For healthcare workers, declining staff numbers means added shifts, responsibilities and stress. These pressures have contributed to the growing number of nurses experiencing burnout. Without addressing the issue, healthcare organizations will continue to encounter staff turnover, especially for nurses.
Burnout, a medically recognized state of emotional and physical exhaustion caused by prolonged stress, can happen to anyone at any time — but it’s especially common in the medical field. Unfortunately, because nurses often work behind the scenes, we may be slow to identify signs of burnout, so it’s imperative that employers be vigilant and provide support proactively.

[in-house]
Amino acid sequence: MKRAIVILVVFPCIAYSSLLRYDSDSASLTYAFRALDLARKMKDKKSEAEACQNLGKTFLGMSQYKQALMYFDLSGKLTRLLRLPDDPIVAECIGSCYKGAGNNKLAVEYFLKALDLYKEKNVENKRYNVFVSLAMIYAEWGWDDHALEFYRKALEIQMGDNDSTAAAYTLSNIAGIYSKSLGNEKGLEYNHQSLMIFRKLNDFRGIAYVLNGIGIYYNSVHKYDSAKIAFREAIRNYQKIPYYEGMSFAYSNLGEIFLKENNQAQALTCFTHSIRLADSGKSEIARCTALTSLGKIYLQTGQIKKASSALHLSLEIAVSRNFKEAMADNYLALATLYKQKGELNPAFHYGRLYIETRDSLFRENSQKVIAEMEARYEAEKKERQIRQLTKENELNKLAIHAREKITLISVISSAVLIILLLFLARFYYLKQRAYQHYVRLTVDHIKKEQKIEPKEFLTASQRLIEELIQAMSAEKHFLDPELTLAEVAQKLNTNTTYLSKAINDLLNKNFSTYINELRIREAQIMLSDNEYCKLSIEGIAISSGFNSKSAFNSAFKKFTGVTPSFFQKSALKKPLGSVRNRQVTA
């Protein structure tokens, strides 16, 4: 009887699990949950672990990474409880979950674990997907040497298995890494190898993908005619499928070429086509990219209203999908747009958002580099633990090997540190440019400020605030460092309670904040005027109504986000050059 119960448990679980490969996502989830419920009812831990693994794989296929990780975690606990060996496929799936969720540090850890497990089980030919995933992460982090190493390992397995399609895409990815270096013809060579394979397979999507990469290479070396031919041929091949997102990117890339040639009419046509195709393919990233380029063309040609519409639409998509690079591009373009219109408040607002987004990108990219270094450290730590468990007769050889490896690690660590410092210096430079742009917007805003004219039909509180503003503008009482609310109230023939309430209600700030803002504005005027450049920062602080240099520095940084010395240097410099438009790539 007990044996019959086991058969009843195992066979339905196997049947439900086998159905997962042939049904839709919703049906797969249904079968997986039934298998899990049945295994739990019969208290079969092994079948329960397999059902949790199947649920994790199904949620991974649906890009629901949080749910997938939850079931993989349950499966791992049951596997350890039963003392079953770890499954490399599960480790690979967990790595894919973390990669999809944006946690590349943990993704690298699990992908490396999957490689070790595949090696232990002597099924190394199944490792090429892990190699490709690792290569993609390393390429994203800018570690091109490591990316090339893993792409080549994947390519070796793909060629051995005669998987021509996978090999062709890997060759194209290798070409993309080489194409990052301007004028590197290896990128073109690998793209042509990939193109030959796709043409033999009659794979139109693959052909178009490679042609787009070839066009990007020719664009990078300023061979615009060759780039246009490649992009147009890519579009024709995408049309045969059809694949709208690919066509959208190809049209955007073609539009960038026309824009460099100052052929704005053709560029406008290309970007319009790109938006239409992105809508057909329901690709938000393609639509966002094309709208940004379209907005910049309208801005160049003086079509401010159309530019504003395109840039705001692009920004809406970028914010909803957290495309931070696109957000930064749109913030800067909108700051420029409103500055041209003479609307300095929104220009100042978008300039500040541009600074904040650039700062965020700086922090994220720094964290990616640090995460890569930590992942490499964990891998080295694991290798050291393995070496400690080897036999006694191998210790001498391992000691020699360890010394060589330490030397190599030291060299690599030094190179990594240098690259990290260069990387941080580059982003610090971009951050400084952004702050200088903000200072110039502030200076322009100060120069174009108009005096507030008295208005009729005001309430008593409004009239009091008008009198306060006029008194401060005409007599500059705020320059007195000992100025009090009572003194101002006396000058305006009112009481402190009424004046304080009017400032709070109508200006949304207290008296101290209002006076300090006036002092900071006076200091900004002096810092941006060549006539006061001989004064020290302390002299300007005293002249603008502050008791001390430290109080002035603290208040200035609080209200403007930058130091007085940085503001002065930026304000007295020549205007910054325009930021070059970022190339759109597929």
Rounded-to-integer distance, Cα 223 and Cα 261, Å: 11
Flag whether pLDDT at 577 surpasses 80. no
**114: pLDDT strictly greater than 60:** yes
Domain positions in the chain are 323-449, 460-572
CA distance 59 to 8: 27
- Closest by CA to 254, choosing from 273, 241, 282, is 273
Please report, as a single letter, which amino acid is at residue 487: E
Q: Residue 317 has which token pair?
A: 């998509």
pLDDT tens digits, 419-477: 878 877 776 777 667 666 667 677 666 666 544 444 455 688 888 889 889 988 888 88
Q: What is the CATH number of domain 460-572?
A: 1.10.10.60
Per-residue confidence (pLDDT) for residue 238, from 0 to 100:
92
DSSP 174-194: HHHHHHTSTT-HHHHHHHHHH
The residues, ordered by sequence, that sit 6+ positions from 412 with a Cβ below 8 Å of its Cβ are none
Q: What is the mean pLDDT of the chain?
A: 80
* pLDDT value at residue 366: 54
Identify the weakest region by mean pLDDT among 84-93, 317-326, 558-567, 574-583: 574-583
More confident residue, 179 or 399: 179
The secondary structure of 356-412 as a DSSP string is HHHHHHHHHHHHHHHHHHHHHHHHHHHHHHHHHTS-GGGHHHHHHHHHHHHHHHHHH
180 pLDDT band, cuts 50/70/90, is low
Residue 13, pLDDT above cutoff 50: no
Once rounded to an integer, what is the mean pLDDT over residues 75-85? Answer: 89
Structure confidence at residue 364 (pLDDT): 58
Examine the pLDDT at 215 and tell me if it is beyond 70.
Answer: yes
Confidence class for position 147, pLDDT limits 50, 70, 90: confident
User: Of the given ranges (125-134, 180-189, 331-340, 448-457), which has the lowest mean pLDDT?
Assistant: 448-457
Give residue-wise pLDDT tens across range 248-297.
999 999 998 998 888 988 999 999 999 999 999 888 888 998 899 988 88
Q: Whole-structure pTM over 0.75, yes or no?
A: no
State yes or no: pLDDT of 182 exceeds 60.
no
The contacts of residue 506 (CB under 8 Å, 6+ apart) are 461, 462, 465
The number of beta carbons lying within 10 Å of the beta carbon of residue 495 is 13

Burnout leads to mistakes, and as morale of nurses drops and discontent in the job grows, patient care suffers. Medical error is now the third most common cause of death in the U.S., according to an article in The BMJ. In addition, nurses’ engagement is the No. 1 predictor of patient mortality in hospitals, according to Gallup News.
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